Human T-cell lymphotropic virus type one (HTLV-1) is associated with tropical spastic paraparesis or HTLV-I--associated myelopathy. We report 2 women with a spastic ataxic illness similar to HTLV-I--associated myelopathy infected solely with HTLV-II. Identification of HTLV-II infection was made serologically, by polymerase chain reaction, and by viral culture (in 1 woman). One woman, treated with 200 mg of danazol orally, three times daily, had pronounced improvement in ambulation, nocturnal spasticity, and nighttime urinary frequency. It appears that infection with HTLV-II may cause an illness similar to HTLV-I--associated myelopathy, but distinguished by the presence of ataxia. ( info)

17/22. Acute varicella hepatitis in human T-cell lymphotrophic virus types I and II infection.

    Varicella (chicken pox) is a common viral infection in children and generally runs a benign course. However, in adults, and especially in immunocompromised subjects such as those on immunosuppressant therapy or with AIDS, varicella infection is particularly severe and is associated with the formation of hemorrhagic skin lesions and visceral involvement. These patients are at an increased risk of developing varicella hepatitis, which frequently results in fulminant hepatic failure and death. In the present report, we describe for the first time the course of disease and the histological appearance of varicella hepatitis in a patient infected with the human T cell lymphotropic viruses (HTLV) I and II; these viruses have many characteristics in common with the human immunodeficiency virus (HIV). Our patient had a relatively benign illness, suggesting that varicella infection in the presence of HTLVI and II may not run as severe a course as it does in patients with HIV infection. ( info)

18/22. Twenty-five years of HTLV type II follow-up with a possible case of tropical spastic paraparesis in the Kayapo, a Brazilian Indian tribe.

    A longitudinal study, spanning 25 years and great demographic and cultural change, found a persistently high prevalence of human T-lymphotropic virus type II (HTLV-II) in the Xikrin Kayapo Indians of brazil. More than 10% of the children continue to develop immune reactions to the virus in infancy, a sharp increase in seroprevalence occurs between ages 15 and 30 years, and prevalence in older woman still approaches 100%. This suggests that the major modes of transmission (breast milk and sexual activity) have not changed. The demonstration of stable maintenance of HTLV-II in one ethnic group makes migration theories of its dispersal more plausible. However, the infection may not be a negligible burden on population survival: at least 1 of 62 persons followed until age 40 years died of possible tropical spastic paraparesis (TSP). ( info)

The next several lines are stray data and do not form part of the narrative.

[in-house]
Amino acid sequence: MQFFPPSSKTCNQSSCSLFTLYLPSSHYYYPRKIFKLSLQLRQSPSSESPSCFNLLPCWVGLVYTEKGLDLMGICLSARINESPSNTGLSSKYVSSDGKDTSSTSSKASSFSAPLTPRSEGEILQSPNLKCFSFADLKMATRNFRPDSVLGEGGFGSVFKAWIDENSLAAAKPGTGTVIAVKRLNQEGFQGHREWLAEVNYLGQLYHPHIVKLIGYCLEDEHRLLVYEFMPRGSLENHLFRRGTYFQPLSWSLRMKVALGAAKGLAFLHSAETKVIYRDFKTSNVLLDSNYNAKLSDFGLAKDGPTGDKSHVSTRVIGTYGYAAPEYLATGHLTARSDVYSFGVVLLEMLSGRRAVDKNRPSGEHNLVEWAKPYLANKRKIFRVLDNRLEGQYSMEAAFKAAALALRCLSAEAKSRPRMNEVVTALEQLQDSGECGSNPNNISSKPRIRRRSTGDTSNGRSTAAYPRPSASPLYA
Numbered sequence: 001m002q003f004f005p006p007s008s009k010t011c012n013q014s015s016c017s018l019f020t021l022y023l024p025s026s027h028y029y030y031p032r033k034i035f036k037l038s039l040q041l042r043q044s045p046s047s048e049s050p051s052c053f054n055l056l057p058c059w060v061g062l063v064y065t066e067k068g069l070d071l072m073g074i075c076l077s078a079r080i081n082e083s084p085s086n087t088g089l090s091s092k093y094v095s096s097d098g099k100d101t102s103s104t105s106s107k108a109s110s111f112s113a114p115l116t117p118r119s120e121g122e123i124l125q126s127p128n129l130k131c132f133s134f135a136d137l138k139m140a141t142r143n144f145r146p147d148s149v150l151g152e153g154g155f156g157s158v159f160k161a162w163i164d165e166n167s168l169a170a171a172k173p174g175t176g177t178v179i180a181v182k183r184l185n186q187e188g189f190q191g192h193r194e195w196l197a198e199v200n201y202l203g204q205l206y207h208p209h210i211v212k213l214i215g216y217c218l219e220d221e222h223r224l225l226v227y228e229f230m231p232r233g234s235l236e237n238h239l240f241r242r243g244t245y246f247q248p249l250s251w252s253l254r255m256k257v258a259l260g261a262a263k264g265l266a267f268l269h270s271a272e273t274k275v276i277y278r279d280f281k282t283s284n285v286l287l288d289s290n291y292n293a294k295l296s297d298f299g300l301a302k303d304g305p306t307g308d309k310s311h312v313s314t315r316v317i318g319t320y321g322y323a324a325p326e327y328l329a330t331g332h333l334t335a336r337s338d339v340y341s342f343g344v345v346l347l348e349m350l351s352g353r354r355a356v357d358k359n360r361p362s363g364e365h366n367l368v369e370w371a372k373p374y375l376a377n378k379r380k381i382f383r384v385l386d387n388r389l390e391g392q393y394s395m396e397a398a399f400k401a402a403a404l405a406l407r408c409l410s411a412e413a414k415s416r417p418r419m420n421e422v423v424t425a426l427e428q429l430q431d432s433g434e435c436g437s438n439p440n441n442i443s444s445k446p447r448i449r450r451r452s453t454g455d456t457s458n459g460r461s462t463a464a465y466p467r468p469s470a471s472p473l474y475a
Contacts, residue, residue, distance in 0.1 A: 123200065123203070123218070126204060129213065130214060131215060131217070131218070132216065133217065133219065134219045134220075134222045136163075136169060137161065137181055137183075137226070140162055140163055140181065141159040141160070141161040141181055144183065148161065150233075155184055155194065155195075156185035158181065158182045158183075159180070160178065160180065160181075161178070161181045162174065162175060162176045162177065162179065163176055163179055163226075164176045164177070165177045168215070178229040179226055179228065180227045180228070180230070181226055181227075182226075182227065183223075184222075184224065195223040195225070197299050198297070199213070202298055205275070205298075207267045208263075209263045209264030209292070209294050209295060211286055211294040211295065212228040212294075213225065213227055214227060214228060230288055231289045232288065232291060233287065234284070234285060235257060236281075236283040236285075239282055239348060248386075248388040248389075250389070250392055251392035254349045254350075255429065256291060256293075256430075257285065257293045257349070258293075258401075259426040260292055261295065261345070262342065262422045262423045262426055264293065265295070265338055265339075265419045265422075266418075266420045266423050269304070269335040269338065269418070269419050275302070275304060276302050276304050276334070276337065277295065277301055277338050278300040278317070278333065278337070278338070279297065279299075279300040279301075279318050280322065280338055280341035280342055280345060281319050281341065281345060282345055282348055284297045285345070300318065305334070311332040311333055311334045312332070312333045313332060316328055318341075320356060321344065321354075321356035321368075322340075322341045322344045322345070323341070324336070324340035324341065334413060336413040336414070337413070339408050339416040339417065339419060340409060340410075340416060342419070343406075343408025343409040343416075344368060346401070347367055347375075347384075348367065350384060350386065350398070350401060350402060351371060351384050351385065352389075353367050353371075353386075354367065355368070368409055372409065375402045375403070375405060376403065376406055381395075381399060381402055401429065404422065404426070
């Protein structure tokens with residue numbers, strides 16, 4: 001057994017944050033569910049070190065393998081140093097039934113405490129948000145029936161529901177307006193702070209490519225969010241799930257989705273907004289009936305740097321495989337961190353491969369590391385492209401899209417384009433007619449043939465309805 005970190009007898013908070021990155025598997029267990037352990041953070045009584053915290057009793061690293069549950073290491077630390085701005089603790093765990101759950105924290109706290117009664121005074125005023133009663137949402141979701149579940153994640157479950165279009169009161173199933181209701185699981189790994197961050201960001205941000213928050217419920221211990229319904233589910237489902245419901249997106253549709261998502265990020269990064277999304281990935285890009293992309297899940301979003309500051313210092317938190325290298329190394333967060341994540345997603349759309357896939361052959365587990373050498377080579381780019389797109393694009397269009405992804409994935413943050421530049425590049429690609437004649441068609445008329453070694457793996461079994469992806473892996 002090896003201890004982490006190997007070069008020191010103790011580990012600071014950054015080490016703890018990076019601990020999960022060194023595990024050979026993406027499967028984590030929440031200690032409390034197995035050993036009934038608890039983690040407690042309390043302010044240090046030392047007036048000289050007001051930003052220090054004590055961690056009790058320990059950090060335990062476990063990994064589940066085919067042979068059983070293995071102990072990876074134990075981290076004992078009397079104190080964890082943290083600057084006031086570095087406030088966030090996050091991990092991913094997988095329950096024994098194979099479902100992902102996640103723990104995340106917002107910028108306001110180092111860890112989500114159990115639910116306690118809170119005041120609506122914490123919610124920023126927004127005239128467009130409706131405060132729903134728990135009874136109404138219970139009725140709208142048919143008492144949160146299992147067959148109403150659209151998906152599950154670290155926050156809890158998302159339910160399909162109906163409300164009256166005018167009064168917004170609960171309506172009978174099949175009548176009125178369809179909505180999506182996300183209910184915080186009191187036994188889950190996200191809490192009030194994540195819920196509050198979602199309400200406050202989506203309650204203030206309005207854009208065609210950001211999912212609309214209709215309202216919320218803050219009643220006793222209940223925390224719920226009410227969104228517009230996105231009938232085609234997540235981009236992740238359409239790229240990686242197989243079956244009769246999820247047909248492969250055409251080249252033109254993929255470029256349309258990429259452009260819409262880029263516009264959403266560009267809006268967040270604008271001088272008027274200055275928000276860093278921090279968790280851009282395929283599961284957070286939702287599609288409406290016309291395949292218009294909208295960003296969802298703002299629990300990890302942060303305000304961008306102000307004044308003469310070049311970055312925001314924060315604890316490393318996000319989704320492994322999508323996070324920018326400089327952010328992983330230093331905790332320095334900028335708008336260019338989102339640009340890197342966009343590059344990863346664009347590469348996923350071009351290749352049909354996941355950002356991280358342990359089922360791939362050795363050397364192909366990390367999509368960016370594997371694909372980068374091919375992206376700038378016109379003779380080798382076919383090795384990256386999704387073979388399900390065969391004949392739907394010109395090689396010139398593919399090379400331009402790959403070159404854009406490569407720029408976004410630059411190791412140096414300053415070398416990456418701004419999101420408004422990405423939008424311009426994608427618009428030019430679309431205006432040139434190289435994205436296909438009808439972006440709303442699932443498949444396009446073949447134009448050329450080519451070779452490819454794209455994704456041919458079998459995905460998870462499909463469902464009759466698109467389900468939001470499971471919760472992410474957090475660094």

19/22. Human T-cell lymphotropic virus type II-associated myelopathy: clinical and immunologic profiles.

    Human T-cell lymphotropic virus type II (HTLV-II) is endemic in several ethnic tribes and among intravenous drug users in metropolitan areas. Despite the presence of HTLV-II in these various populations, the association of HTLV-II with disease is sparse and mainly limited to isolated case reports. This study is an extension of an earlier description of an HTLV-II-infected patient with neurologic disease and presents the clinical and immunologic findings of 4 patients with HTLV-II seropositivity and spastic paraparesis. The patients are of African-American origin with 3 of the patients being of Amerindian descent. All of the patients are seronegative for the human immunodeficiency virus (HIV). The patients progressed to a nonambulatory state in less than 5 years. magnetic resonance imaging studies obtained from 3 of the patients demonstrated white matter disease in the cerebrum and spinal cord. The cerebrospinal fluid and serum contained antibodies to HTLV-II. The presence of proviral HTLV-II was confirmed by polymerase chain reaction analysis of peripheral blood lymphocytes (PBLs). A spinal cord biopsy from 1 patient demonstrated HTLV rna within a lesion. Immunologic studies on 2 patients demonstrated that spontaneous lymphoproliferation of PBLs was present but decreased relative to HTLV-I-infected patients. The clinical and immunologic findings from these HTLV-II-infected patient resemble those found in HTLV-I-associated myelopathy/tropical spastic paraparesis. ( info)

20/22. Large granular lymphocyte leukaemia occurring after renal transplantation.

    Post-transplantation lymphoproliferative disorders (PTLD) are a clinicopathologically heterogeneous group of lymphoid proliferations. The majority are of B-cell origin and associated with Epstein-Barr virus (EBV) infection. In contrast, the development of T-cell PTLD is much less common and EBV does not appear to be involved in pathogenesis. In this report we describe three patients who developed large granular lymphocyte (LGL) leukaemia after renal transplantation. These patients had clonal expansion of CD3 , CD8 , CD57 , CD56- LGL. We were unable to detect CMV antigen or find evidence for EBV or human T-cell leukaemia/lymphoma virus genome in the LGL from these patients. These data show that LGL leukaemia should be included as one of the types of T-cell proliferations which can occur post transplant. ( info)